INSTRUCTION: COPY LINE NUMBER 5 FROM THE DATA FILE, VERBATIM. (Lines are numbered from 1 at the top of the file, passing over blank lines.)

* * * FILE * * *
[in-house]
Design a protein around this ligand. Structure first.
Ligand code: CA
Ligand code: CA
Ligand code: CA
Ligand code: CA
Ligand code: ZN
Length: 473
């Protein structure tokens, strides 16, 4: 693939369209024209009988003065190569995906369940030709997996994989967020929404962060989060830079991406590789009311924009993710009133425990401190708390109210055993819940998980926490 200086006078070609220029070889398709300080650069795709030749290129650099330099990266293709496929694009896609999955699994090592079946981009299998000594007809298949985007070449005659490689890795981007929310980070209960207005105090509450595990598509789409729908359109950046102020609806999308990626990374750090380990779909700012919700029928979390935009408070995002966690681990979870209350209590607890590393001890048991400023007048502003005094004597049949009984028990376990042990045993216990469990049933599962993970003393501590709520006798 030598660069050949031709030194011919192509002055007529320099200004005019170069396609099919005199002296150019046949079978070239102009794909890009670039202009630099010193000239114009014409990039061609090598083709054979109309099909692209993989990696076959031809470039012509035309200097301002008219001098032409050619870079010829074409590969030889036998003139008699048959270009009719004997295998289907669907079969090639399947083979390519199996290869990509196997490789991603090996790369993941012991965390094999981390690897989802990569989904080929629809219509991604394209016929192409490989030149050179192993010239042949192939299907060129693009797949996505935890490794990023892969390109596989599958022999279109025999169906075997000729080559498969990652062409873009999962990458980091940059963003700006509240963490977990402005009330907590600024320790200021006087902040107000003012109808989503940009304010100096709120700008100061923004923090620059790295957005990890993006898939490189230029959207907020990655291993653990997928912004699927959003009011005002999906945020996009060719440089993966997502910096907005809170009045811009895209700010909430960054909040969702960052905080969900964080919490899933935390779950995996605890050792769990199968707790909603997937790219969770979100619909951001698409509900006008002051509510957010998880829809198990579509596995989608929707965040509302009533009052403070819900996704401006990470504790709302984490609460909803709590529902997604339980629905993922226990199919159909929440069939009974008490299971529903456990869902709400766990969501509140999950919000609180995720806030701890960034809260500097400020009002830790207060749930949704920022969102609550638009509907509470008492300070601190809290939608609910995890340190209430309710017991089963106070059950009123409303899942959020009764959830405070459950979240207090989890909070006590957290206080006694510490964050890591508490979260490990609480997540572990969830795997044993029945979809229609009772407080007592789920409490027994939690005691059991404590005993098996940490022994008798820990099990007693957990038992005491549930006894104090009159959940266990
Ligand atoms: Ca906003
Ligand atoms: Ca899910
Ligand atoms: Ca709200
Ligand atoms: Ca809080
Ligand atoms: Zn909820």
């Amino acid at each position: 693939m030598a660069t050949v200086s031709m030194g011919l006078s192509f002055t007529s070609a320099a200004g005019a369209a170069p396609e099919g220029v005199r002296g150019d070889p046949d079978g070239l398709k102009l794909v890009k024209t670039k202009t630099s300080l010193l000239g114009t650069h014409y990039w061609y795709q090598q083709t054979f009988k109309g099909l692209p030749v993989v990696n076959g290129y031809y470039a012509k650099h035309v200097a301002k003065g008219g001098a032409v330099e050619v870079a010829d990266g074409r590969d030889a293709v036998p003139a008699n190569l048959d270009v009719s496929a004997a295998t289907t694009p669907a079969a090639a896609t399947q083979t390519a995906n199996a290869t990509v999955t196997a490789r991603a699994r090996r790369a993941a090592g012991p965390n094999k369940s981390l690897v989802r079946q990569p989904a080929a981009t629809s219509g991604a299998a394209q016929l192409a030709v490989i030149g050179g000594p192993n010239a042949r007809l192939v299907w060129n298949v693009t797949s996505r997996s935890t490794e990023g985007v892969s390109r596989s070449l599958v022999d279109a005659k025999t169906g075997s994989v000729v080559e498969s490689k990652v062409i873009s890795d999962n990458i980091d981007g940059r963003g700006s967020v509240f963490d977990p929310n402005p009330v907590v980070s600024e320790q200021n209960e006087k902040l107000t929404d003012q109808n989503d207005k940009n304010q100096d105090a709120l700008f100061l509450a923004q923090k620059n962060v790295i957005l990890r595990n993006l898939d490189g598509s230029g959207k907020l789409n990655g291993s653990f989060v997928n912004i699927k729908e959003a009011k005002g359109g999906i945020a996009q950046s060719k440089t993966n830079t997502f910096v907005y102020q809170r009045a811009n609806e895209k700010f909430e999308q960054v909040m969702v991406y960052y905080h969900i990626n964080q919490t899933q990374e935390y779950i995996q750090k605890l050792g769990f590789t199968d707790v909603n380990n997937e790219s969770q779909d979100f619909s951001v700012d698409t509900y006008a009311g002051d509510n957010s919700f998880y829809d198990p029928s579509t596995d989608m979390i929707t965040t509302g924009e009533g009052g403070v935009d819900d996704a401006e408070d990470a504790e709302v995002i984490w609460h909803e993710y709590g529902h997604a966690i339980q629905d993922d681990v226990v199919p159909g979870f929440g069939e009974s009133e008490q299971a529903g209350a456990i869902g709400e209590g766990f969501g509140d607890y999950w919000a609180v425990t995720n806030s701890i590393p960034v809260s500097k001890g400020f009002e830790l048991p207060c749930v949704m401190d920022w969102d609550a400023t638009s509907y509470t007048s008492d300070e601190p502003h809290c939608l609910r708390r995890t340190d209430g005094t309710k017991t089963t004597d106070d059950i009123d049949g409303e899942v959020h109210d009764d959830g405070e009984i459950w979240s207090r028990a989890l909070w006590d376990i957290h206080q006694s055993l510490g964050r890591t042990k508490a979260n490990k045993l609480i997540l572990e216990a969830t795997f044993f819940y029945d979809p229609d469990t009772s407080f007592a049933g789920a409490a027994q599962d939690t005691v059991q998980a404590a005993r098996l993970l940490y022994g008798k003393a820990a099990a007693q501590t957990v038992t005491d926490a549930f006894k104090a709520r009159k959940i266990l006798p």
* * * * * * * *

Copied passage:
Ligand code: CA